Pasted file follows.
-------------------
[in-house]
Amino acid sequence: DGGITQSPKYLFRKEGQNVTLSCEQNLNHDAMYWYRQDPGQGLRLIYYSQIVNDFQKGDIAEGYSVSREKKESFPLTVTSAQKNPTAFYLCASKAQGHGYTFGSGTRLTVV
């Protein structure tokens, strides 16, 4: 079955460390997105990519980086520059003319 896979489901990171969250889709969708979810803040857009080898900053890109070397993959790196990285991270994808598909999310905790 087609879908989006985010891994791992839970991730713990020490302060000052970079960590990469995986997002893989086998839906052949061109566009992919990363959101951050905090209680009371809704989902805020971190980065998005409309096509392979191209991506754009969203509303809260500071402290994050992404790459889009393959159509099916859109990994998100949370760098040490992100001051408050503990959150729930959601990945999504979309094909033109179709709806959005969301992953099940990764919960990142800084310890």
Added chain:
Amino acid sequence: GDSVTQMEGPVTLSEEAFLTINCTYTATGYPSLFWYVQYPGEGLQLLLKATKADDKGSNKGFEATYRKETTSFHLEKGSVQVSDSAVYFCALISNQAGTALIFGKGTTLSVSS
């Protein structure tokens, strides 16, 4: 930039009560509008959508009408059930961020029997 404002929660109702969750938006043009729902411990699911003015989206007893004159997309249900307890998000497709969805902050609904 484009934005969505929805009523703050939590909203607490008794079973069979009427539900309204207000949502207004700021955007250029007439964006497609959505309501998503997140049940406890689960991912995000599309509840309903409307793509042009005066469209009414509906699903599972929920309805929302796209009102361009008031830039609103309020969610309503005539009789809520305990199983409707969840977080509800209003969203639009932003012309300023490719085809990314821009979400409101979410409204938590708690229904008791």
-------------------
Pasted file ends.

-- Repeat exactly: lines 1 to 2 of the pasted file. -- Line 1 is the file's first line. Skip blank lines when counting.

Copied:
[in-house]
Amino acid sequence: DGGITQSPKYLFRKEGQNVTLSCEQNLNHDAMYWYRQDPGQGLRLIYYSQIVNDFQKGDIAEGYSVSREKKESFPLTVTSAQKNPTAFYLCASKAQGHGYTFGSGTRLTVV